Program burn algorithms based on detonation shock dynamics: Discrete approximations of detonation flows with discontinuous front models

J. B. Bdzil, D. S. Stewart, T. L. Jackson

Research output: Contribution to journalArticlepeer-review

Abstract

In the design of explosive systems, the generic problem that one must consider is the propagation of a well-developed detonation wave sweeping through an explosive charge with a complex shape. At a given instant of time, the lead detonation shock is a surface that occupies a region of the explosive and has a dimension that is characteristic of the explosive device, typically on the scale of meters. The detonation shock is powered by a detonation reaction zone, sitting immediately behind the shock, which is one the scale of 1 mm or less. Thus, the ratio of the reaction zone thickness to the device dimension is on the order of 1/1000 or less. This scale disparity can lead to great difficulties in computing three-dimensional detonation dynamics. An attack on the dilemma in the computation of detonation systems has led to the invention of subscale models for a propagating detonation front that we refer to herein as program burn models. The program burn model does not resolve the fine scale of the reaction zone; instead the goal is to solve for the hydrodynamics of the inert product gases on a coarse grid scale, which is insufficient to resolve the physical reaction zone. We first show that traditional program burn algorithms for detonation hydrocodes used for explosive design are inconsistent and yield incorrect shock dynamic behavior. To overcome these inconsistencies, we discuss a new class of program burn models based on detonation shock dynamic theory. This new class yields more consistent and robust algorithms that better reflect the correct shock dynamic behavior.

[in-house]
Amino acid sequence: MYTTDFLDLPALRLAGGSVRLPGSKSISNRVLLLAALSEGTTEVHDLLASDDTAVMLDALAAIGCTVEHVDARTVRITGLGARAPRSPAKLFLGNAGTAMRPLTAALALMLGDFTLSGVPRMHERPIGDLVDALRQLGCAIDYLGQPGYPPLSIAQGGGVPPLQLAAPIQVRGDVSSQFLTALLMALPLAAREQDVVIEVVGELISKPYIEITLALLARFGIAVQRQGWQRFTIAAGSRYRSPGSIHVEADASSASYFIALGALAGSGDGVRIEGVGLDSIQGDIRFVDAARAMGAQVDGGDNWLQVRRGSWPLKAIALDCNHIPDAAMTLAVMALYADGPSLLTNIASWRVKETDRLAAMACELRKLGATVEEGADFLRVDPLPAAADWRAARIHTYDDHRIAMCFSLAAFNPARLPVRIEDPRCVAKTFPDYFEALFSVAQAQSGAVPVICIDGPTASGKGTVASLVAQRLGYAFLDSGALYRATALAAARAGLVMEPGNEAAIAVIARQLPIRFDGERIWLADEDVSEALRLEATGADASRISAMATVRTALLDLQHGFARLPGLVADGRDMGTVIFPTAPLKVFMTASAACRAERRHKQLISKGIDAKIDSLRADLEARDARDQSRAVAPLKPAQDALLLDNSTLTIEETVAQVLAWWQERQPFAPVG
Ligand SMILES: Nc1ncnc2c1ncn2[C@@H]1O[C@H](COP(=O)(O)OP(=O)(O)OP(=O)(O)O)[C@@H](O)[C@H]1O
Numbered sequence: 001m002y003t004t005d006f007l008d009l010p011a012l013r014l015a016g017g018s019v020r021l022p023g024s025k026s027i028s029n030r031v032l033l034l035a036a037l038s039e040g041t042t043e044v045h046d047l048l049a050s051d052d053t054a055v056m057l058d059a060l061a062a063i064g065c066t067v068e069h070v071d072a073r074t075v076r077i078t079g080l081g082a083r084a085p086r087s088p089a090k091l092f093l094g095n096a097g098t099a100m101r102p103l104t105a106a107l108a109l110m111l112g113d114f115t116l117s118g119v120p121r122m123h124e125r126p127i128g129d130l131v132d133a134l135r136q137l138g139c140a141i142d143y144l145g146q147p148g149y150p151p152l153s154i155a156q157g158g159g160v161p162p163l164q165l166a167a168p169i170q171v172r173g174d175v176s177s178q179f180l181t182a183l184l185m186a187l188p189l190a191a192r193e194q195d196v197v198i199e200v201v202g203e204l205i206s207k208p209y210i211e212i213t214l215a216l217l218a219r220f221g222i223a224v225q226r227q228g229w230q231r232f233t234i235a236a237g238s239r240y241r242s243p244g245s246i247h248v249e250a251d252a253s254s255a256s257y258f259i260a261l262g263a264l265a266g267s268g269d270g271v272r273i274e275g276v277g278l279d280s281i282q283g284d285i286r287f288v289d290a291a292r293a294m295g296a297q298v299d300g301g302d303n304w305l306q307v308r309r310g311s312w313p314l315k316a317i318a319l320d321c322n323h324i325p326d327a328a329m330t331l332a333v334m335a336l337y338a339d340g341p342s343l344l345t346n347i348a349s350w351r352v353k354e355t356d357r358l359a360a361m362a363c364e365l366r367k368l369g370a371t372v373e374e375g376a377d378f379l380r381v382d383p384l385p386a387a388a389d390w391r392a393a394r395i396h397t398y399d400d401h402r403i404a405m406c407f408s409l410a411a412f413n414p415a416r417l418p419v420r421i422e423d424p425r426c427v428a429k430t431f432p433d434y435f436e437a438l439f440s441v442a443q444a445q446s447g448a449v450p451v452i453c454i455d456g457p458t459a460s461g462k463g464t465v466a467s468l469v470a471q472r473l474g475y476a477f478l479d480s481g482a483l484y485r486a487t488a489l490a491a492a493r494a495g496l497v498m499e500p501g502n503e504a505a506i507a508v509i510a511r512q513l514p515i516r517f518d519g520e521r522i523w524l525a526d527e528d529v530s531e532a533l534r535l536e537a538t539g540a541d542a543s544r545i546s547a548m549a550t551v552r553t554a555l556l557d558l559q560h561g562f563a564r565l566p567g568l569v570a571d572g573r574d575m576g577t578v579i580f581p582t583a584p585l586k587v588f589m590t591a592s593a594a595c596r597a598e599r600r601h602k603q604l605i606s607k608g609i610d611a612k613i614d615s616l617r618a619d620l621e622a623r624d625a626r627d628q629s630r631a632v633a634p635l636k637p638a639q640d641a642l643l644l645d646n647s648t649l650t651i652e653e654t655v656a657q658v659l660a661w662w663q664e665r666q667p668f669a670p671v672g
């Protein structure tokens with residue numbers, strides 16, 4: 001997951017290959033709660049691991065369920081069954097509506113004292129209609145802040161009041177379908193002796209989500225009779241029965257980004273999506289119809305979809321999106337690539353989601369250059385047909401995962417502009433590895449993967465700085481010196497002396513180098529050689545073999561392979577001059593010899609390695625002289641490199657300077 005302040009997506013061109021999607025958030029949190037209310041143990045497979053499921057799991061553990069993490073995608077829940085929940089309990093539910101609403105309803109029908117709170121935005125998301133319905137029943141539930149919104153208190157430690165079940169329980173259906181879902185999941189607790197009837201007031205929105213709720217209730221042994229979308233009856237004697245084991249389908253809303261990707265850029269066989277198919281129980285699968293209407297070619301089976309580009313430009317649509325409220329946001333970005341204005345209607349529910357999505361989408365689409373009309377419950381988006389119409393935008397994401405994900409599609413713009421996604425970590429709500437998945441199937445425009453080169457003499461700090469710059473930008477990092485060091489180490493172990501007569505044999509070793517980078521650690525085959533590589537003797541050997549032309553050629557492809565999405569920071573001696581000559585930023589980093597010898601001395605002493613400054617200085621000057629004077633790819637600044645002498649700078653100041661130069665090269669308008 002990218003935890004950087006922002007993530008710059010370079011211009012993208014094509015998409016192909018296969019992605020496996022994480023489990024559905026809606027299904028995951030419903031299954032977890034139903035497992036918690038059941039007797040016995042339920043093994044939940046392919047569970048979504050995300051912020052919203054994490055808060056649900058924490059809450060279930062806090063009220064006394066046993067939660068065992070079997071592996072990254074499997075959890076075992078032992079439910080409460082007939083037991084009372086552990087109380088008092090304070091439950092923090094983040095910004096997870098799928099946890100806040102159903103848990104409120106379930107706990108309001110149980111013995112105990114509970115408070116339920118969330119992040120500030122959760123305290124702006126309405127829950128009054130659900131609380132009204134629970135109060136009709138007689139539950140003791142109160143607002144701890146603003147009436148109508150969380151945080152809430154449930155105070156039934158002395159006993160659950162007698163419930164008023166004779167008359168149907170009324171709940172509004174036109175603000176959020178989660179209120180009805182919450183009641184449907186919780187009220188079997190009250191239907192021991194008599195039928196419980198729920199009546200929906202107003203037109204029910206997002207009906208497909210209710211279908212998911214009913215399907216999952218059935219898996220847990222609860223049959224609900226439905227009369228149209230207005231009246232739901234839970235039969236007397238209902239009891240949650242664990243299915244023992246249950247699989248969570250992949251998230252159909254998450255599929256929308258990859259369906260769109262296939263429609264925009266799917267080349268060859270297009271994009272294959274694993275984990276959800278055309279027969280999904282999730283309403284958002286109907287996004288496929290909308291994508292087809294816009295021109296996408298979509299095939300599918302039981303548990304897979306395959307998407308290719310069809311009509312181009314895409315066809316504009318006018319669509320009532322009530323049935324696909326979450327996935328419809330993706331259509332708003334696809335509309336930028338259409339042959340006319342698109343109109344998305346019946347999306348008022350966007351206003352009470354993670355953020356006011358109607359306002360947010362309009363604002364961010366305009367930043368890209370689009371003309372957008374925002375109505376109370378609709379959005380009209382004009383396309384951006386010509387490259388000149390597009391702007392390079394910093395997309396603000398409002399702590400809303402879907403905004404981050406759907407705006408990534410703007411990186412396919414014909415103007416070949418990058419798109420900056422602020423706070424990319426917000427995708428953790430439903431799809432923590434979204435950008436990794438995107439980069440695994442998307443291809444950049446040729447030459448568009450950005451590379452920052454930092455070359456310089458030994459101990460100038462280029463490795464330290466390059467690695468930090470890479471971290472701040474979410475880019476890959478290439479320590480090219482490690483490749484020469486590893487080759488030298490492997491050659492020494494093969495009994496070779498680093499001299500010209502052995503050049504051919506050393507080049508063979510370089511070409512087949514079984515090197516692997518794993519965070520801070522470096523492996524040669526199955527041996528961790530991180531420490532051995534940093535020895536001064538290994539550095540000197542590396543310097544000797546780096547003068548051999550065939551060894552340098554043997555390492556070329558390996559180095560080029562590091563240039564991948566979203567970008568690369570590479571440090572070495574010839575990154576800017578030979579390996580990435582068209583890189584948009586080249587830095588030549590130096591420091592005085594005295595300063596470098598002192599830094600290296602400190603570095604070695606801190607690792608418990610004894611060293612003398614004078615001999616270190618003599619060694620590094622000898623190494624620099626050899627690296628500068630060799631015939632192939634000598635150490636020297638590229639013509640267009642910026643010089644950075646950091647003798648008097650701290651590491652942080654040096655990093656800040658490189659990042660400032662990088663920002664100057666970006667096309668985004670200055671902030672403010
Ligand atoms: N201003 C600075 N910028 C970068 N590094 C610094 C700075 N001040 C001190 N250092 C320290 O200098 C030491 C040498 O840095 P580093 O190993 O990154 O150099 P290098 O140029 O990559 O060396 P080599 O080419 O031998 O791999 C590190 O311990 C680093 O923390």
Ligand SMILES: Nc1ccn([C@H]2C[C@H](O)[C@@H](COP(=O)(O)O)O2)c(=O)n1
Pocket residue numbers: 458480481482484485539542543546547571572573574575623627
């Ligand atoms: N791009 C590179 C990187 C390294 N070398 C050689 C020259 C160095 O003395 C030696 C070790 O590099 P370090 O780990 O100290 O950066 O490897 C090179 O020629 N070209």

Original languageEnglish (US)
Pages (from-to)870-902
Number of pages33
JournalJournal of Computational Physics
Volume174
Issue number2
DOIs
StatePublished - Dec 10 2001

ASJC Scopus subject areas

  • Numerical Analysis
  • Modeling and Simulation
  • Physics and Astronomy (miscellaneous)
  • Physics and Astronomy(all)
  • Computer Science Applications
  • Computational Mathematics
  • Applied Mathematics

Fingerprint Dive into the research topics of 'Program burn algorithms based on detonation shock dynamics: Discrete approximations of detonation flows with discontinuous front models'. Together they form a unique fingerprint.

Cite this